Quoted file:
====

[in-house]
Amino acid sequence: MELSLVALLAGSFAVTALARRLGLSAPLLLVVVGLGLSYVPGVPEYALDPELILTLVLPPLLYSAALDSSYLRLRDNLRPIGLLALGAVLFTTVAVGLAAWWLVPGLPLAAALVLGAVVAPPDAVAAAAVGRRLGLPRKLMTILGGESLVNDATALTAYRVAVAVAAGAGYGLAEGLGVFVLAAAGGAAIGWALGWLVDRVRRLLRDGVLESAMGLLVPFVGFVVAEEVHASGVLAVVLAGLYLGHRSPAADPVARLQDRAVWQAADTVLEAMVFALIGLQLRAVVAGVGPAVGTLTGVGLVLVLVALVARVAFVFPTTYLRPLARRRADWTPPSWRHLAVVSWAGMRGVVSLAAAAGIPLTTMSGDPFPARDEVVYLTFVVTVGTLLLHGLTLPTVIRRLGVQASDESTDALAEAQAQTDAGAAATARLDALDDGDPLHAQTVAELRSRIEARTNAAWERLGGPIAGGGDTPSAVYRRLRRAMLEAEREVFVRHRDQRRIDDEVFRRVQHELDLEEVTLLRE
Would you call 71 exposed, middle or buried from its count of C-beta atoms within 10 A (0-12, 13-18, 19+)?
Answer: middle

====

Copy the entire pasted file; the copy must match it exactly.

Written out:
[in-house]
Amino acid sequence: MELSLVALLAGSFAVTALARRLGLSAPLLLVVVGLGLSYVPGVPEYALDPELILTLVLPPLLYSAALDSSYLRLRDNLRPIGLLALGAVLFTTVAVGLAAWWLVPGLPLAAALVLGAVVAPPDAVAAAAVGRRLGLPRKLMTILGGESLVNDATALTAYRVAVAVAAGAGYGLAEGLGVFVLAAAGGAAIGWALGWLVDRVRRLLRDGVLESAMGLLVPFVGFVVAEEVHASGVLAVVLAGLYLGHRSPAADPVARLQDRAVWQAADTVLEAMVFALIGLQLRAVVAGVGPAVGTLTGVGLVLVLVALVARVAFVFPTTYLRPLARRRADWTPPSWRHLAVVSWAGMRGVVSLAAAAGIPLTTMSGDPFPARDEVVYLTFVVTVGTLLLHGLTLPTVIRRLGVQASDESTDALAEAQAQTDAGAAATARLDALDDGDPLHAQTVAELRSRIEARTNAAWERLGGPIAGGGDTPSAVYRRLRRAMLEAEREVFVRHRDQRRIDDEVFRRVQHELDLEEVTLLRE
Would you call 71 exposed, middle or buried from its count of C-beta atoms within 10 A (0-12, 13-18, 19+)?
Answer: middle